The Imbuement Of Shells Ceremony

After Coco and John’s wedding ceremony, they and their guests took part in an interesting and unique event that, I assumed, was part of Coco’s Philippine culture.  She had collected a variety of seashells and each guest took one, placed it against his/her heart and  took a private moment. They then threw the shell out over the cliff, upon which the Hammond Castle is built, to the ocean below. Here are Coco’s words about the ceremony.  “I thought long and hard about doing something that paid tribute to the beauty of the North Shore and, at the same time, honoring our dearly departed as we begin our new lives as family. It was also an opportunity for our family and friends to give us their blessings…. like an affirmative prayer. The act of casting them into the ocean sends those loving thoughts and energy out into the universe as a signal that will attract unto us those same loving positive energies. I called it The Imbuement Of Shells Ceremony.”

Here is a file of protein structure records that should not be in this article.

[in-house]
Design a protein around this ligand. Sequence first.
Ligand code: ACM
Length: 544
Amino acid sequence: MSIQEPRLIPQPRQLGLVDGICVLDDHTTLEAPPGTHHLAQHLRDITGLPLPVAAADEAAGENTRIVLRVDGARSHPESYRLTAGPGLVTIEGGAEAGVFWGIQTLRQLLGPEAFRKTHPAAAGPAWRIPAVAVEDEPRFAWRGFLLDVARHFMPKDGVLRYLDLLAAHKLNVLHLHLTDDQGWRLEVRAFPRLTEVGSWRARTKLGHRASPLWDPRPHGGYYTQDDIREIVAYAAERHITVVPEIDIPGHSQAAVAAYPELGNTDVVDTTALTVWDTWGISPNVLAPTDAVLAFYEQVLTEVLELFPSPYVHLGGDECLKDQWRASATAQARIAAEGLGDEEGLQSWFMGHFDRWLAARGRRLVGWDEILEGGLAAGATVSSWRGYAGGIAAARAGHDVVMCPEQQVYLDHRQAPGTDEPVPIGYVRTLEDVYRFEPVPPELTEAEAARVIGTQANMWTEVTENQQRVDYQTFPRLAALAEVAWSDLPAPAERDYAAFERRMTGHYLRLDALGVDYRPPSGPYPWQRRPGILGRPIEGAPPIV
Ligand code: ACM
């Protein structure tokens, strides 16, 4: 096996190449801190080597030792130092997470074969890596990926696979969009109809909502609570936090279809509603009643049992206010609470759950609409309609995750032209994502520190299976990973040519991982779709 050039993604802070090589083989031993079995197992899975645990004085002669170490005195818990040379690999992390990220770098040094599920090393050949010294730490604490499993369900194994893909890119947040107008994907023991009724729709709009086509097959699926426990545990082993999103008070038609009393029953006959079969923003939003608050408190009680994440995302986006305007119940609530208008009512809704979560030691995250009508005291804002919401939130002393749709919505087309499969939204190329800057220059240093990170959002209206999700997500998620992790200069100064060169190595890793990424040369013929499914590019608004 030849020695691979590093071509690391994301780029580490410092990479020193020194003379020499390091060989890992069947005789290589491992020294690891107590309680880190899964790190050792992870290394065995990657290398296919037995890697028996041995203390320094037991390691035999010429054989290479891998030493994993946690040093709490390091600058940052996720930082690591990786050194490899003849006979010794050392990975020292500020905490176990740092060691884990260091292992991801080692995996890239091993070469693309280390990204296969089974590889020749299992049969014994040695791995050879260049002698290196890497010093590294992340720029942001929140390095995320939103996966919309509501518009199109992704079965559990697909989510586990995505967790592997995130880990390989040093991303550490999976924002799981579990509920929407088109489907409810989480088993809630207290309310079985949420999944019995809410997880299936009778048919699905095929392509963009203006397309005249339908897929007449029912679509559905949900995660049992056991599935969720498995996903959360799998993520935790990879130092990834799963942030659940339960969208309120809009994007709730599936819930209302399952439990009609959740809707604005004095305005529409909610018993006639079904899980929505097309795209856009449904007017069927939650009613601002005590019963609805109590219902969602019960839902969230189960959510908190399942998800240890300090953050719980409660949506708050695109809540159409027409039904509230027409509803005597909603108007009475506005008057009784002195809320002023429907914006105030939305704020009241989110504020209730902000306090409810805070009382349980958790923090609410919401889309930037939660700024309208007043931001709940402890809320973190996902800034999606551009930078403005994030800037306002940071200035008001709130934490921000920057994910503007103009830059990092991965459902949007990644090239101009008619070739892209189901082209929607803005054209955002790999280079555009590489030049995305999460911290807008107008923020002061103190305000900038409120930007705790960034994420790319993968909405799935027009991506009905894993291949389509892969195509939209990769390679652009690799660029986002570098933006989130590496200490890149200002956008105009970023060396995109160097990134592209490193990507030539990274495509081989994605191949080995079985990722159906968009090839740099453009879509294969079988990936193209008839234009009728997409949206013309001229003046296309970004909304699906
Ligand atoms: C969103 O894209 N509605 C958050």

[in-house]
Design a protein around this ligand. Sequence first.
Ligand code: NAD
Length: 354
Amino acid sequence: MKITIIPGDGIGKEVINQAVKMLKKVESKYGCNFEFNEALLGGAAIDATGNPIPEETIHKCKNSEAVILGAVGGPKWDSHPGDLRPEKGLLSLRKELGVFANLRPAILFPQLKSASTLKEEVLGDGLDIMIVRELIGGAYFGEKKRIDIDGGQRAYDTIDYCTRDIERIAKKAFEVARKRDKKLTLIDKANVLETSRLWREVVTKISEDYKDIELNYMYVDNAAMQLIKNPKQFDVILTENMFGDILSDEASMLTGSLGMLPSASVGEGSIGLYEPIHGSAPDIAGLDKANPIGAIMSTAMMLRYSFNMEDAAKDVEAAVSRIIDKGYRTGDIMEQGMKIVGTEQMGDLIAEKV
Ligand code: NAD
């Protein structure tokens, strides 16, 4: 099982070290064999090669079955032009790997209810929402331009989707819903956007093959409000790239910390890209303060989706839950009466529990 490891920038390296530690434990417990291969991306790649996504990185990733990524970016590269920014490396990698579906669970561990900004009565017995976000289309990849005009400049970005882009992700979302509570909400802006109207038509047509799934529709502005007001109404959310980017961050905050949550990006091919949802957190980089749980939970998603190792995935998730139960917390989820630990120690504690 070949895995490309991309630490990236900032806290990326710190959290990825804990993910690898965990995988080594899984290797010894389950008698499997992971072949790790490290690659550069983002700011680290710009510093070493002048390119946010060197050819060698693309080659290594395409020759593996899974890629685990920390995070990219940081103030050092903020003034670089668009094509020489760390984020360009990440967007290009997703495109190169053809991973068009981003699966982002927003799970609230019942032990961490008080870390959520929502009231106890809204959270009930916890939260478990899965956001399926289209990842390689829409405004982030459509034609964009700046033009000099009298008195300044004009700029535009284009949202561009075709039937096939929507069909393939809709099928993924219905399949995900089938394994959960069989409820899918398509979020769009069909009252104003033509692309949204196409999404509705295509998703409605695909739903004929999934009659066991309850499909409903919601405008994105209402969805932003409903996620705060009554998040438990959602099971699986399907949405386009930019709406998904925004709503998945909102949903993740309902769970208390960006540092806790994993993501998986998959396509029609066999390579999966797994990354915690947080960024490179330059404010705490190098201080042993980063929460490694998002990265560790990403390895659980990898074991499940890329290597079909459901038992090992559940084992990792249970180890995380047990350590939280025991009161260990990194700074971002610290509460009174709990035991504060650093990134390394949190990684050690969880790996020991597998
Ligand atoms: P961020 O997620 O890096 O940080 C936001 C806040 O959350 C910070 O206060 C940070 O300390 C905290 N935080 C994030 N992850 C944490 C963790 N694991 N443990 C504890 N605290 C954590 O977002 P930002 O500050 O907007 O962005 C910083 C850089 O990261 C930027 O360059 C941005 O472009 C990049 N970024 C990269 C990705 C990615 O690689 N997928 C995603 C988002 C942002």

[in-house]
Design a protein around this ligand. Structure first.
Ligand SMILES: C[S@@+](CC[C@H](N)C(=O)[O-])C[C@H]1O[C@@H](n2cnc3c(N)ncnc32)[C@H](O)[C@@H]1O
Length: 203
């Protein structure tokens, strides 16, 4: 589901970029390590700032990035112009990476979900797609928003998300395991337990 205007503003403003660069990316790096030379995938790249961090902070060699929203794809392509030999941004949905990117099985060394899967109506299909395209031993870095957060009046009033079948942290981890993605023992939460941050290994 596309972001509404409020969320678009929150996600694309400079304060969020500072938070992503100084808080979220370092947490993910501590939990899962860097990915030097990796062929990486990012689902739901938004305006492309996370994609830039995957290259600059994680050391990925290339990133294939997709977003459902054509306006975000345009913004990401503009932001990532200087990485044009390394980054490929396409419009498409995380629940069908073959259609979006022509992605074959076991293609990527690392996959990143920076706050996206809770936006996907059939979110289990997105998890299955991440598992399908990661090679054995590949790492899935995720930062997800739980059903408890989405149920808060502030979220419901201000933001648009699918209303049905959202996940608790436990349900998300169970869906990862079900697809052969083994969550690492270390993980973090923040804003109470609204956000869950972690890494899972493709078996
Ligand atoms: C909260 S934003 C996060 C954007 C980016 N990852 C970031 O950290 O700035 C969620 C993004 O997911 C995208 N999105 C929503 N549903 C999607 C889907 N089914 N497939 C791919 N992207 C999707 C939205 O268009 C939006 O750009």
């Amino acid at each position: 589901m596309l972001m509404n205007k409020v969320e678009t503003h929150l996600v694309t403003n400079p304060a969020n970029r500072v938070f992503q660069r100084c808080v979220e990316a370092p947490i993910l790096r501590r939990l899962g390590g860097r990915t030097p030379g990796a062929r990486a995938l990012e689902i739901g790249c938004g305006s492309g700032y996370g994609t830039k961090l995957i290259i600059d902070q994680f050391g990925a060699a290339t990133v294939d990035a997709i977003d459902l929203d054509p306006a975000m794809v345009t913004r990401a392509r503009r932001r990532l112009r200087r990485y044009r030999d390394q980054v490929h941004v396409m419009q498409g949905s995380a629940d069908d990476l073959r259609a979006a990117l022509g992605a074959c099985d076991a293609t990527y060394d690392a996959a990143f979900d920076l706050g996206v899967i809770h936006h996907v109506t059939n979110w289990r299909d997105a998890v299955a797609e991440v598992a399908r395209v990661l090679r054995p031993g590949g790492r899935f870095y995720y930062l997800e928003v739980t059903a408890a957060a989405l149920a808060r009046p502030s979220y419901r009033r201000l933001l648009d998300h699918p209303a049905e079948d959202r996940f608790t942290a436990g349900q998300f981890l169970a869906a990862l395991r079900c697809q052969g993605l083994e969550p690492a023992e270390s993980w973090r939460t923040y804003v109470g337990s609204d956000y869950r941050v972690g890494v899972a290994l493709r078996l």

A Nod To da Vinci

At Coco and John’s wedding (see the related post below), I had five minutes to shoot the Hammond Castle’s reception room before the guests were allowed to enter. When I saw the setting around one of the tables, an idea came to mind. Many thanks to my ‘apostles’ for their cooperation.  Here’s to you, Leonardo!

 

 

 

 

A Regal Wedding

I had a great time shooting Coco and John’s wedding at Hammond Castle in Gloucester, last month.  Many of my favorite venues are ones with old architecture, but this one provided quite a unique ambiance.  Located on Boston’s North Shore, the castle is perched on the rocky cliff overlooking Gloucester harbor. It was built between 1926 and 1929 by John Hammond, an inventor with over 400 patents. Hammond used the castle as his home and laboratory. Now a museum, his collection of Roman, Medieval and Renaissance artifacts are still on display.